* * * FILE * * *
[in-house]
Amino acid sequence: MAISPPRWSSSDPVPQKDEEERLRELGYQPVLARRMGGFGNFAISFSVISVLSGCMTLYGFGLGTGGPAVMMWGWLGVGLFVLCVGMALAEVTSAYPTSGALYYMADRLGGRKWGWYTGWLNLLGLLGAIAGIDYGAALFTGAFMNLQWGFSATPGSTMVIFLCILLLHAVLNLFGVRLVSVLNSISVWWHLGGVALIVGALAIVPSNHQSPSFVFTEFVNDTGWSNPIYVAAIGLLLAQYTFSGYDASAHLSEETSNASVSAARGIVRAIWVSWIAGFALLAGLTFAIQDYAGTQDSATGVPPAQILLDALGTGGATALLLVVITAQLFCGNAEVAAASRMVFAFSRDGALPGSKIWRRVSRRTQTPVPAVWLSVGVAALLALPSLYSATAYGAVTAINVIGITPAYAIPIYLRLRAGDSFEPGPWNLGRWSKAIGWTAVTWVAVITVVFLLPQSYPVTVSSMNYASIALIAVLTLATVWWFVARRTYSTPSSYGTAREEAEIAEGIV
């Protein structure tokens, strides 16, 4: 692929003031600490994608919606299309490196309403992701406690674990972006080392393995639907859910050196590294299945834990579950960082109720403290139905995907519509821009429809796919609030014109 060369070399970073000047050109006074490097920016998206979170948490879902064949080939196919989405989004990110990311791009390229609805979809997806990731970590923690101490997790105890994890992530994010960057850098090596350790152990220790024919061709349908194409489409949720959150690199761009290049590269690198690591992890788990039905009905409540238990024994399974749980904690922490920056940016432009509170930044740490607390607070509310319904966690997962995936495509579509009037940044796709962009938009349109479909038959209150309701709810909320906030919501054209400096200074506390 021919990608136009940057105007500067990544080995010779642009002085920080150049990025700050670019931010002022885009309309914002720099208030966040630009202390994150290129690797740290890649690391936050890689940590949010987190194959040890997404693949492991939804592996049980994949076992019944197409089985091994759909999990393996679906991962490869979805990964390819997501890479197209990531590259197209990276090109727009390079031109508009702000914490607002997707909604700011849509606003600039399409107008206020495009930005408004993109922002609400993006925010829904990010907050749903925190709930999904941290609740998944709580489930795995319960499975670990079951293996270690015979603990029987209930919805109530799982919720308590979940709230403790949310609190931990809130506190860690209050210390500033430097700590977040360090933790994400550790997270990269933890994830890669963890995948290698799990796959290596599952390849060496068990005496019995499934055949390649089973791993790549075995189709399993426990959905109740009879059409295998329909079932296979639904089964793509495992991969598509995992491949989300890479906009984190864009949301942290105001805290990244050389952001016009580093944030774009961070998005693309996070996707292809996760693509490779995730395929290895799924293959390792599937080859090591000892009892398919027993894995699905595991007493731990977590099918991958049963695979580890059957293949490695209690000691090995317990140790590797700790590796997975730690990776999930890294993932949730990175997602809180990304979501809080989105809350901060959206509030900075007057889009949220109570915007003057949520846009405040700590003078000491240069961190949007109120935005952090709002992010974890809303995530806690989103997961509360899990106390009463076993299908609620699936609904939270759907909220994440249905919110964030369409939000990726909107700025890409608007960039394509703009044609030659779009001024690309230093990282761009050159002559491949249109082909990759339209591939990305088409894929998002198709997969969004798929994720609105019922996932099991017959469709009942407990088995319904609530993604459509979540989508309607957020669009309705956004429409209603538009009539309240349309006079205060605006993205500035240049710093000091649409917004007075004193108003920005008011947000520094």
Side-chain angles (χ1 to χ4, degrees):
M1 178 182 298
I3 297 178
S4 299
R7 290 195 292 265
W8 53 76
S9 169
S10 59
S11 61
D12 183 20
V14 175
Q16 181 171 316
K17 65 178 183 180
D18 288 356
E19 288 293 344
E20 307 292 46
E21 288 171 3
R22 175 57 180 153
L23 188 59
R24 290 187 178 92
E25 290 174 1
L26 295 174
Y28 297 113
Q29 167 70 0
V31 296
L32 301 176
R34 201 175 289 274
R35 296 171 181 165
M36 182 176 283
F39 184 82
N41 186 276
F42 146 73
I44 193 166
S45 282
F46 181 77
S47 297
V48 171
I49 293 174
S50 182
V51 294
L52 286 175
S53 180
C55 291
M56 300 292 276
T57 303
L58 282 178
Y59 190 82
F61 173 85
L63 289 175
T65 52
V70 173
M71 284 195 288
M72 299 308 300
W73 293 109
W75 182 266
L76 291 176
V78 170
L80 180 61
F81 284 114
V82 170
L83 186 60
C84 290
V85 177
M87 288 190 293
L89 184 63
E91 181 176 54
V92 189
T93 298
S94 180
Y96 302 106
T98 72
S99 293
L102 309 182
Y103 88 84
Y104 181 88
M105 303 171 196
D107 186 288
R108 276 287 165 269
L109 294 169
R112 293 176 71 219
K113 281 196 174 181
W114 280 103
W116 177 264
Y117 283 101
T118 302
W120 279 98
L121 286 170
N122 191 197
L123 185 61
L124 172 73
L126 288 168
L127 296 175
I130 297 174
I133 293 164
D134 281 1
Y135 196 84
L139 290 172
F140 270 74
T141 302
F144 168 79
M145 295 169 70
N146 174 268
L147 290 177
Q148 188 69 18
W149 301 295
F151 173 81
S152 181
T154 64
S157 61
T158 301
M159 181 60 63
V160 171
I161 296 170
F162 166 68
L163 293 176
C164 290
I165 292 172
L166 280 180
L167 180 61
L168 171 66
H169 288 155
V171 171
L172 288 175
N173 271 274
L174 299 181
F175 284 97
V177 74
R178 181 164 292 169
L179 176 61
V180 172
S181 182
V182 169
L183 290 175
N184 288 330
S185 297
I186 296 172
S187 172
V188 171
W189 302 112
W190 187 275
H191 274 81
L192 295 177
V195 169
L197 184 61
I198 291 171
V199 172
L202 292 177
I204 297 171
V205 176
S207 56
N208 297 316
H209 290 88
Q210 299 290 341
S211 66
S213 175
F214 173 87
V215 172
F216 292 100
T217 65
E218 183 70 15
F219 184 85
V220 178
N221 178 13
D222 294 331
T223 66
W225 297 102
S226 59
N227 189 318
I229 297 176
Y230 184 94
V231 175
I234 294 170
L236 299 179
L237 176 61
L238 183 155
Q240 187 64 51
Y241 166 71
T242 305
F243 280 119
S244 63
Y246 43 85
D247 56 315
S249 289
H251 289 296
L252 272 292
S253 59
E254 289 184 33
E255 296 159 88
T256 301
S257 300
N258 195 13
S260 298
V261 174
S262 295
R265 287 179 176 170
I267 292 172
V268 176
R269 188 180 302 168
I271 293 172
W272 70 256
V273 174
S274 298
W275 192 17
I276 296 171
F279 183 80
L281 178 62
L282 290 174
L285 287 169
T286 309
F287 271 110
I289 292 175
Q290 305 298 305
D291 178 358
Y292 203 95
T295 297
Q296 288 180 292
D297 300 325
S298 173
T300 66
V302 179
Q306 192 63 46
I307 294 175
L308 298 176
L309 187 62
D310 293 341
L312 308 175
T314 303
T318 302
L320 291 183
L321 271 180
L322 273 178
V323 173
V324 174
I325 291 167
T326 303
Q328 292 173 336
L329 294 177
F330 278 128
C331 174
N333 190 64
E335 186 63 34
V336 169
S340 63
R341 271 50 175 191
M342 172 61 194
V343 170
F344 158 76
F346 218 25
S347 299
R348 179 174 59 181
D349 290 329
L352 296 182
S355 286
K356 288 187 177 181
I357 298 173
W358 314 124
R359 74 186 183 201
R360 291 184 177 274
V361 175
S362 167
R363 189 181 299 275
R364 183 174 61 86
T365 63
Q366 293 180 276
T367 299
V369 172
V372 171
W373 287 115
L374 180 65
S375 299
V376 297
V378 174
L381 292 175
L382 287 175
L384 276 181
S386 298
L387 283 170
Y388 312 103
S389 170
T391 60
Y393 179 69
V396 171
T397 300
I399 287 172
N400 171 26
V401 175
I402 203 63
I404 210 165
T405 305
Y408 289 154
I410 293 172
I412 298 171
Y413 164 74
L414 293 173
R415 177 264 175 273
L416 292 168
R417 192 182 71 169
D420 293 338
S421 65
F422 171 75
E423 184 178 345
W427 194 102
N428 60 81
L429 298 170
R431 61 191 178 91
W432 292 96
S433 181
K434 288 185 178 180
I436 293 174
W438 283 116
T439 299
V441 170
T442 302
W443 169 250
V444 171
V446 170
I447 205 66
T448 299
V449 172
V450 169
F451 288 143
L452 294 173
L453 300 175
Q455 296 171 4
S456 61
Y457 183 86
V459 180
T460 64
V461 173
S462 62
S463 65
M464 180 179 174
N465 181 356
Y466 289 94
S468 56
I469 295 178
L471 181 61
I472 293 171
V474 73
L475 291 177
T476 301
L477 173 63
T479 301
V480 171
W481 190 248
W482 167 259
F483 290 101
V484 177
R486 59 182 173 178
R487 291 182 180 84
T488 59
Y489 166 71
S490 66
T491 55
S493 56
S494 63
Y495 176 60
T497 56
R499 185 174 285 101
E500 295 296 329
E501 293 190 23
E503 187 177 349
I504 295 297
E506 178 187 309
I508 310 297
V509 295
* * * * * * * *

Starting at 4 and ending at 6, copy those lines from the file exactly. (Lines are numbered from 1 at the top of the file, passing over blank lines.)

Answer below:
Side-chain angles (χ1 to χ4, degrees):
M1 178 182 298
I3 297 178